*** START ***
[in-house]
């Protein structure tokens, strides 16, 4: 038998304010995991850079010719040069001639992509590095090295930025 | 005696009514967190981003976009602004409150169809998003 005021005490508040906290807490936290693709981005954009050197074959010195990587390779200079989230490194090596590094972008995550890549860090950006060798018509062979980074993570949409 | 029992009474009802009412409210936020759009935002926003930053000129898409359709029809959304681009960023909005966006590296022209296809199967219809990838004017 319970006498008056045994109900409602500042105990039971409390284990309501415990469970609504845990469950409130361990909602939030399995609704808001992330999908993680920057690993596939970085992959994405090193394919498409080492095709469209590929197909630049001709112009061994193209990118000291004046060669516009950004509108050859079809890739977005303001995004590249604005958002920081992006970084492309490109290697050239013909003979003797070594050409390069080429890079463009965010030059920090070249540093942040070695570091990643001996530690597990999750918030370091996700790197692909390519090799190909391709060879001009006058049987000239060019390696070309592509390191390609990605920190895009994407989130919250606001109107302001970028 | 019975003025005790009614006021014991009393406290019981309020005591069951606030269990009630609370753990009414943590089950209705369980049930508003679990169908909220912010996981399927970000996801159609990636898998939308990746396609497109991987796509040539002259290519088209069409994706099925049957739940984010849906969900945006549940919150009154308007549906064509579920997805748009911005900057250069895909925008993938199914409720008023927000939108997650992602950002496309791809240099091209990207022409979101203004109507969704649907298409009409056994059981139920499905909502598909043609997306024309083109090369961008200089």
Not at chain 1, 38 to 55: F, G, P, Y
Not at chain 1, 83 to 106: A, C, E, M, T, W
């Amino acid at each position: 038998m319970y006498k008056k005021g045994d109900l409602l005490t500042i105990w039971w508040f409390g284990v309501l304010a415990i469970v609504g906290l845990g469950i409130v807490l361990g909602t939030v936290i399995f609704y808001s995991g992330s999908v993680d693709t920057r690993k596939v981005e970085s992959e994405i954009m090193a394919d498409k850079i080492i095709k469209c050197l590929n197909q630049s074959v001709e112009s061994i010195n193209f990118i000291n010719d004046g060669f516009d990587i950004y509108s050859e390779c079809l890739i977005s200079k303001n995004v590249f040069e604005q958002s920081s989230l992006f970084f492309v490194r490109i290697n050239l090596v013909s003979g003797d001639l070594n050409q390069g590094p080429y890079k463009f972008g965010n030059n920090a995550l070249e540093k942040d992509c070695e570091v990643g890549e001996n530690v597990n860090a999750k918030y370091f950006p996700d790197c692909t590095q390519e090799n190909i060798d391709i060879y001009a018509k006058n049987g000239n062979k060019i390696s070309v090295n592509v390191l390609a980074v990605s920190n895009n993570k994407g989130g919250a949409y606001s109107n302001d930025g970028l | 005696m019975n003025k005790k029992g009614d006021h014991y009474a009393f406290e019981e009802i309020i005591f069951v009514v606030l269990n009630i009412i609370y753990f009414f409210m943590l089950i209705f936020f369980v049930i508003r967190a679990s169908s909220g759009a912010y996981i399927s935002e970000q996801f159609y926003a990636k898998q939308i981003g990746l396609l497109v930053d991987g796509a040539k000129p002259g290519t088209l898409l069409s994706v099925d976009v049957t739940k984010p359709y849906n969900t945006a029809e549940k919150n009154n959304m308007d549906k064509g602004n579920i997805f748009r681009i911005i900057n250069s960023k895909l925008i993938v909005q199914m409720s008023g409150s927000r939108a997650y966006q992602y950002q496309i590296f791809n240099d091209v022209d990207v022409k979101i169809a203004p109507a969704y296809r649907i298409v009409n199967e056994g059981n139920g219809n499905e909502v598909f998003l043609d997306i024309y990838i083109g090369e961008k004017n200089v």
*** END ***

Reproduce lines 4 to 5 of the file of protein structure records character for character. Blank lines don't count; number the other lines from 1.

Not at chain 1, 83 to 106: A, C, E, M, T, W
């Amino acid at each position: 038998m319970y006498k008056k005021g045994d109900l409602l005490t500042i105990w039971w508040f409390g284990v309501l304010a415990i469970v609504g906290l845990g469950i409130v807490l361990g909602t939030v936290i399995f609704y808001s995991g992330s999908v993680d693709t920057r690993k596939v981005e970085s992959e994405i954009m090193a394919d498409k850079i080492i095709k469209c050197l590929n197909q630049s074959v001709e112009s061994i010195n193209f990118i000291n010719d004046g060669f516009d990587i950004y509108s050859e390779c079809l890739i977005s200079k303001n995004v590249f040069e604005q958002s920081s989230l992006f970084f492309v490194r490109i290697n050239l090596v013909s003979g003797d001639l070594n050409q390069g590094p080429y890079k463009f972008g965010n030059n920090a995550l070249e540093k942040d992509c070695e570091v990643g890549e001996n530690v597990n860090a999750k918030y370091f950006p996700d790197c692909t590095q390519e090799n190909i060798d391709i060879y001009a018509k006058n049987g000239n062979k060019i390696s070309v090295n592509v390191l390609a980074v990605s920190n895009n993570k994407g989130g919250a949409y606001s109107n302001d930025g970028l | 005696m019975n003025k005790k029992g009614d006021h014991y009474a009393f406290e019981e009802i309020i005591f069951v009514v606030l269990n009630i009412i609370y753990f009414f409210m943590l089950i209705f936020f369980v049930i508003r967190a679990s169908s909220g759009a912010y996981i399927s935002e970000q996801f159609y926003a990636k898998q939308i981003g990746l396609l497109v930053d991987g796509a040539k000129p002259g290519t088209l898409l069409s994706v099925d976009v049957t739940k984010p359709y849906n969900t945006a029809e549940k919150n009154n959304m308007d549906k064509g602004n579920i997805f748009r681009i911005i900057n250069s960023k895909l925008i993938v909005q199914m409720s008023g409150s927000r939108a997650y966006q992602y950002q496309i590296f791809n240099d091209v022209d990207v022409k979101i169809a203004p109507a969704y296809r649907i298409v009409n199967e056994g059981n139920g219809n499905e909502v598909f998003l043609d997306i024309y990838i083109g090369e961008k004017n200089v």